Something About America

9780763634155_p0_v1_s260x420Something About America
By Maria Testa (Maine author)

After ten years of living in America, a young girl is happy with the new world in which she lives and doesn’t understand why her parents yearn to return to their war-torn land of Kosova, yet when a sudden damaging act reestablishes old fears of hate, the Americanized student is forced to reexamine everything she thought she knew.

Find a copy at Portland Public Library | Local Bookstore | Amazon | B&N

Publisher: Candlewick Press
Info: ISBN 9780763634155, Paperback, $6.99
Setting: Portland, ME, Lewiston, ME
Featured Community: Kosovar American
Ages: 10-Adult
Theme: Neighbors

Discuss and Engage with the Something About America Reader’s Guide
Download PDF here

Reviews & Accolades
A New York Public Library Book for the Teen Age
A Bank Street College Best Children’s Book of the Year
Voice of Youth Advocates (VOYA) Poetry Pick

This book offers a brief glimpse into the lives of refugees from the Kosovar War…Libraries with a need for stories about war refugees may want to consider this title as an additional purchase.”  —Sonja Cole, School Library Journal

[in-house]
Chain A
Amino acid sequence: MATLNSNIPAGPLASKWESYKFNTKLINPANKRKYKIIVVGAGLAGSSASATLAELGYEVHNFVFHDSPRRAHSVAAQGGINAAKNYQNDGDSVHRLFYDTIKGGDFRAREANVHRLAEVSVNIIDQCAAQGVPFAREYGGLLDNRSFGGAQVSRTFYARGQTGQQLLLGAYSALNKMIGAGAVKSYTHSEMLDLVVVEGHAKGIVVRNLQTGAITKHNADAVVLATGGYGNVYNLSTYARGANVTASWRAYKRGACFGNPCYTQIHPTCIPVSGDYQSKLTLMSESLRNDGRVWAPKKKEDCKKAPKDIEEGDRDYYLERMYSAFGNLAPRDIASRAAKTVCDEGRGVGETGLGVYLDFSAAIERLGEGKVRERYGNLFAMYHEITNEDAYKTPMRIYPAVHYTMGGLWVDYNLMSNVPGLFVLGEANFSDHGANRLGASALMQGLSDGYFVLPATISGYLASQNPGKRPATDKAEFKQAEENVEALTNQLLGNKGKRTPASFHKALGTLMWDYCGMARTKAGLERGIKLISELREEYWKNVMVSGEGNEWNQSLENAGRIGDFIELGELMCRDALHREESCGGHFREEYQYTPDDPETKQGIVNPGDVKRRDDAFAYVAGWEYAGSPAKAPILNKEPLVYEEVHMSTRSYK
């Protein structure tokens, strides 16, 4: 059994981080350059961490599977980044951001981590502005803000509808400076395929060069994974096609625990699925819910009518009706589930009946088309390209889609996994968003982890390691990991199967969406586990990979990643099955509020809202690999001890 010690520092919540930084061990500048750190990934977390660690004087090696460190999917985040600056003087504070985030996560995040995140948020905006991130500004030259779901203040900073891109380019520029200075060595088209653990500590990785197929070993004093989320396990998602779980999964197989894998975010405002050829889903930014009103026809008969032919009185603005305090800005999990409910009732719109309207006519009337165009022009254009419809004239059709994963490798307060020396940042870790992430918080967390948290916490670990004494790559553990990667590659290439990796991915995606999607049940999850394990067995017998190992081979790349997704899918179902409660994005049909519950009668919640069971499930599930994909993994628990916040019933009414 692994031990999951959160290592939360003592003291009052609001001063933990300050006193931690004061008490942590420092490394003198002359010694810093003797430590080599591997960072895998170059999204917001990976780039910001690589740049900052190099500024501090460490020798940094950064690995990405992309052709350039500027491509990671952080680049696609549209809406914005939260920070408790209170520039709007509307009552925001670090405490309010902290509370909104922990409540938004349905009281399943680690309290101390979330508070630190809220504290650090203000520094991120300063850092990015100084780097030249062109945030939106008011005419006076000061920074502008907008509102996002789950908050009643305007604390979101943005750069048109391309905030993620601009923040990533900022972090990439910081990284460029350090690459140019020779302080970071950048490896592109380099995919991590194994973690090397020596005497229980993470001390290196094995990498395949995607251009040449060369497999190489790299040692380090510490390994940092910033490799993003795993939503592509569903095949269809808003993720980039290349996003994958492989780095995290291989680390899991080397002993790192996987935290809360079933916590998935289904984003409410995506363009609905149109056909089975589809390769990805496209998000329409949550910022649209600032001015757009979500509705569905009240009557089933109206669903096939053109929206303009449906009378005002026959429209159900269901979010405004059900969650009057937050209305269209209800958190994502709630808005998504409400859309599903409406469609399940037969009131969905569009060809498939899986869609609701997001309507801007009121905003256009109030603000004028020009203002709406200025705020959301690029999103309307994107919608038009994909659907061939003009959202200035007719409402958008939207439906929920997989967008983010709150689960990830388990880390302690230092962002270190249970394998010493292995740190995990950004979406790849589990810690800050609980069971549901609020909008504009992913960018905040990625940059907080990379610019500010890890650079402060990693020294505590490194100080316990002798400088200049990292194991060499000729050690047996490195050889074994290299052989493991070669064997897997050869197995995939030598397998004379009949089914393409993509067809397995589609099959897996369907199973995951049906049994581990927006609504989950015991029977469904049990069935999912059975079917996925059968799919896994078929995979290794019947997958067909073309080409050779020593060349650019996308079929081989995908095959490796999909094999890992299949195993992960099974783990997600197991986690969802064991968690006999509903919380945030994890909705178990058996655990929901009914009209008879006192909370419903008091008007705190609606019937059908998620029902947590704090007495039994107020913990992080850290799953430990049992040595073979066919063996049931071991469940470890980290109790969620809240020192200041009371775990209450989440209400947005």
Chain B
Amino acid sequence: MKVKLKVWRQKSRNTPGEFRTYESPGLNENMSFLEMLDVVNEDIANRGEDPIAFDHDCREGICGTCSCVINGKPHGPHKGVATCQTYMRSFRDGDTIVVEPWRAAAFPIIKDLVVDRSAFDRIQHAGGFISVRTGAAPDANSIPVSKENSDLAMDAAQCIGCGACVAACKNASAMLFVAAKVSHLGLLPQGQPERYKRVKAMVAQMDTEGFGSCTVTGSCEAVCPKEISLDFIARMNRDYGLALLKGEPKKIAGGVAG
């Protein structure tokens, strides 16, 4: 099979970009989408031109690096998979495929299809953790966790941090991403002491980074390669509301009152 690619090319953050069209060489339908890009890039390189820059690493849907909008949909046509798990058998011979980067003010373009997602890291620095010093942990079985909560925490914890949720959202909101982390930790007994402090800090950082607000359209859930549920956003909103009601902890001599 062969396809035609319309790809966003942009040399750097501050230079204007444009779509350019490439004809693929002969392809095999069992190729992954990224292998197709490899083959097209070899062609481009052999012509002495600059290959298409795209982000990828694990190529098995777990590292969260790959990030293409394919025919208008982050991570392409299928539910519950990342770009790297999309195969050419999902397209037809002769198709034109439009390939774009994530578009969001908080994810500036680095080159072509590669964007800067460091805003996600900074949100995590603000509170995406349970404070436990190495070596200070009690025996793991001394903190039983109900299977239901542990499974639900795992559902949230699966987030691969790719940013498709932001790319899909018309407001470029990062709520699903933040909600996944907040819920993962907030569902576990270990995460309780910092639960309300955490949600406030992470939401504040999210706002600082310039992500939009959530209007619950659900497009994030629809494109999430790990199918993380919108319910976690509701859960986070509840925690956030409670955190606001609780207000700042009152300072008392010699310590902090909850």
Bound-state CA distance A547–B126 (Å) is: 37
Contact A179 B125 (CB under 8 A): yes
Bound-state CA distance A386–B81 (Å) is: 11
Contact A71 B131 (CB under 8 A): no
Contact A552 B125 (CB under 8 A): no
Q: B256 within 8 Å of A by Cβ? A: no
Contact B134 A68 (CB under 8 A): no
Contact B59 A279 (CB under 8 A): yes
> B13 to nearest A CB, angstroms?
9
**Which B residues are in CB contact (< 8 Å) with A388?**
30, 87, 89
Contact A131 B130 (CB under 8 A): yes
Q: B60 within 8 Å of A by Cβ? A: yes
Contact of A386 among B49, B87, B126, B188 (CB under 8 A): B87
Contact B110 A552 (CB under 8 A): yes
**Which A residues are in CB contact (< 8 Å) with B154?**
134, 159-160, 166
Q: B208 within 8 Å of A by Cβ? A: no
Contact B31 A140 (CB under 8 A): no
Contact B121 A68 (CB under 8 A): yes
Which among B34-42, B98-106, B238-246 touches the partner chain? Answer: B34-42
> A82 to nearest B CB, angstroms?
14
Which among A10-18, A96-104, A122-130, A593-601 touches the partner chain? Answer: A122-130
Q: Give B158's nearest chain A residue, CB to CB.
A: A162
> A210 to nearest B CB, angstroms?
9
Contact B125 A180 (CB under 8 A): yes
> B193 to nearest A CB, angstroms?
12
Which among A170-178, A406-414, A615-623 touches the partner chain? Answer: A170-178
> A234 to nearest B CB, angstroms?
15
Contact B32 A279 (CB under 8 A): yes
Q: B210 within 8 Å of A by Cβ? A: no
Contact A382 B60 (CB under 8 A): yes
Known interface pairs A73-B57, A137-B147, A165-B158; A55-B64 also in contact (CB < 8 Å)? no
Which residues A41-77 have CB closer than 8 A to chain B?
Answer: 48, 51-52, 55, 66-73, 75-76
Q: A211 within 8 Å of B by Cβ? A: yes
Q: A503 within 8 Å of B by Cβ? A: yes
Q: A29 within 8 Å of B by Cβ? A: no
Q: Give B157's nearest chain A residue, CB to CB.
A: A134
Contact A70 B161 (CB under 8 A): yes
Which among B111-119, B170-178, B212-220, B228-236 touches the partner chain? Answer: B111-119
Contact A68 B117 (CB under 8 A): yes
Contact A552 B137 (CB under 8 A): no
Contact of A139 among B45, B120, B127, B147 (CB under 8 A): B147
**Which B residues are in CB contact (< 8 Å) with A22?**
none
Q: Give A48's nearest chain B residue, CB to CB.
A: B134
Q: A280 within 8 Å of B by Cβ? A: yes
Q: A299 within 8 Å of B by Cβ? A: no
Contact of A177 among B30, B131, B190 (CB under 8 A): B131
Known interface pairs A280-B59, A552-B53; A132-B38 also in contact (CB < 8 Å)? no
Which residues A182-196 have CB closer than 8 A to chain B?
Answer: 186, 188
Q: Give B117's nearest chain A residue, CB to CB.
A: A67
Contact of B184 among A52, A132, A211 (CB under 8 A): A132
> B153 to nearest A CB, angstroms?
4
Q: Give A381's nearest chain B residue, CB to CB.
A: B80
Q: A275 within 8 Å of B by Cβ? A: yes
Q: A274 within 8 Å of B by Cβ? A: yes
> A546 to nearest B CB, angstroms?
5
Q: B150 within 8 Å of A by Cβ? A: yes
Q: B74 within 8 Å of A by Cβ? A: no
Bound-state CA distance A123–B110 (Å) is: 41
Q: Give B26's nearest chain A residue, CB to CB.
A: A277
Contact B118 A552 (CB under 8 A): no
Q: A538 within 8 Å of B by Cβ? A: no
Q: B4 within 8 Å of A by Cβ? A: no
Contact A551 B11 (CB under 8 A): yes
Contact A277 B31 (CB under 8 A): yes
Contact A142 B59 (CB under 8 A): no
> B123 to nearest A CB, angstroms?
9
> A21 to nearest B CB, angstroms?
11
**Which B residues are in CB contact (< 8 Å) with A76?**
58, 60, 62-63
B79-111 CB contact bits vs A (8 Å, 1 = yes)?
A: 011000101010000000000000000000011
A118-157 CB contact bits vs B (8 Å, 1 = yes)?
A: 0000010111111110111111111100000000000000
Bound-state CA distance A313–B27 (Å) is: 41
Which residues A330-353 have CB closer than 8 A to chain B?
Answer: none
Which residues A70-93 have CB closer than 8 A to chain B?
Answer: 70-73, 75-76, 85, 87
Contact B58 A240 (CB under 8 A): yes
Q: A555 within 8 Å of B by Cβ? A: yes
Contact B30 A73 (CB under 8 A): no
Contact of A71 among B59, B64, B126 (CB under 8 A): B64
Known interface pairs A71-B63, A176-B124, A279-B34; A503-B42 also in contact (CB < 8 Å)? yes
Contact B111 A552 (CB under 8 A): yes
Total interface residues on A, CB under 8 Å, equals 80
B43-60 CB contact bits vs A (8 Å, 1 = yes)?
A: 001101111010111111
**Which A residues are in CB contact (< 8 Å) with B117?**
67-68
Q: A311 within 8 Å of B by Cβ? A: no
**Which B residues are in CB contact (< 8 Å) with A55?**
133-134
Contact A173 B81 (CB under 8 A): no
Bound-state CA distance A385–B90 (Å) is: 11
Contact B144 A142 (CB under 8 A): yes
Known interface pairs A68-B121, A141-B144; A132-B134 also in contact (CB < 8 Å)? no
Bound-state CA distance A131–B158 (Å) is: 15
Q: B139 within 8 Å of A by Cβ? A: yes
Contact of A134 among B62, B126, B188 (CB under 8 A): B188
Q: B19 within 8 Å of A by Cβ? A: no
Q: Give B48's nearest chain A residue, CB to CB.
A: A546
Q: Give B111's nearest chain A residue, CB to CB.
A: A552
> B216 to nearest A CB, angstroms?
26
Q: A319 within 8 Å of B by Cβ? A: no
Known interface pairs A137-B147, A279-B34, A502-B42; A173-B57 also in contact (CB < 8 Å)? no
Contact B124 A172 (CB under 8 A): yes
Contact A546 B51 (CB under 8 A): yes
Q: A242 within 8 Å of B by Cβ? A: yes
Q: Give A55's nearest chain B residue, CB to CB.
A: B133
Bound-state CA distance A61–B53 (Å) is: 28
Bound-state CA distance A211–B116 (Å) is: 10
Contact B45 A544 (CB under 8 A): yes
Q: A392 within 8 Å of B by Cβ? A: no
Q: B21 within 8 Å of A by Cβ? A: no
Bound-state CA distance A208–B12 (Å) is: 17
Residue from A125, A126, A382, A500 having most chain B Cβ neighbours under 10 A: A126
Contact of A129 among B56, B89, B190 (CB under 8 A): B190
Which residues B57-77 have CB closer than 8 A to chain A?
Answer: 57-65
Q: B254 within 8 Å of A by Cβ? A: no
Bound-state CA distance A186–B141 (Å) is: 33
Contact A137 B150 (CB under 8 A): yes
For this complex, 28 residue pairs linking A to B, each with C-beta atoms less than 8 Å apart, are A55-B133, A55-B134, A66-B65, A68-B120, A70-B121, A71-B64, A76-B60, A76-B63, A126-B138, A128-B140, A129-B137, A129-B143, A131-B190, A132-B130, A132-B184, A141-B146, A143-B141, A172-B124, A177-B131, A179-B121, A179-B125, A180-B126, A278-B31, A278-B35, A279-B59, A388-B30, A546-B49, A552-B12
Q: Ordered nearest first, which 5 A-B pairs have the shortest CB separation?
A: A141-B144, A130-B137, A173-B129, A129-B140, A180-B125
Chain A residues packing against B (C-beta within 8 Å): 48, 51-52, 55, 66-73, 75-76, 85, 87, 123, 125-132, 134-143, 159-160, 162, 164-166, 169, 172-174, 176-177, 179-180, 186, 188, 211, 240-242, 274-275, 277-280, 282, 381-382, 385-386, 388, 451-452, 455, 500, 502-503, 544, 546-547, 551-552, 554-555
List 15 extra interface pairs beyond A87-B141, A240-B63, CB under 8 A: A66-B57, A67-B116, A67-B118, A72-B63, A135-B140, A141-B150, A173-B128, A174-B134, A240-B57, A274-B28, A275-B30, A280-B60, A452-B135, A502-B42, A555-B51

“…Her parents are more at odds with life in the U.S., and the girl speaks powerfully about the heartbreaking choices her parents have faced…Testa’s distilled poetry never seems forced, and her stirring words enhance a sense of the characters’ experiences and emotions, particularly those of a young person caught between cultures: “I have two languages / in my head / and no accent / on my lips.” Based on an actual incident, this is an excellent choice for readers’ theater and classroom discussion.”  —Gillian Engberg, Booklist

“…The author uses spare, simple verse to illuminate this poignant story, which is based on an actual incident that took place in Lewiston, Maine. The writing is similar to a haiku in its ability to suggest a world of emotion in only a few carefully chosen words. Teens who enjoy books of prose poems…will have much to ponder with the issues raised by this story.” —VOYA

“Testa writes stories told in poems of surpassing beauty, fragility and depth…Riveting and tender.” —Kirkus Reviews

Simplicity of language is a powerful counterpoint to the emotional complexity of the immigrants’ story, and classrooms of mixed reading abilities and/or second-language learners may find this an ideal vehicle.” —The Bulletin of the Center for Children’s Books

Suggested Supplemental Reading

From I Remember Warm Rain:
“Lost and Found” by Nasra Hassan

From New Mainers:
Zeynep Turk, Turkey
Emrush Zeqiri, Kosovo
Ismail Ahmed, Somalia

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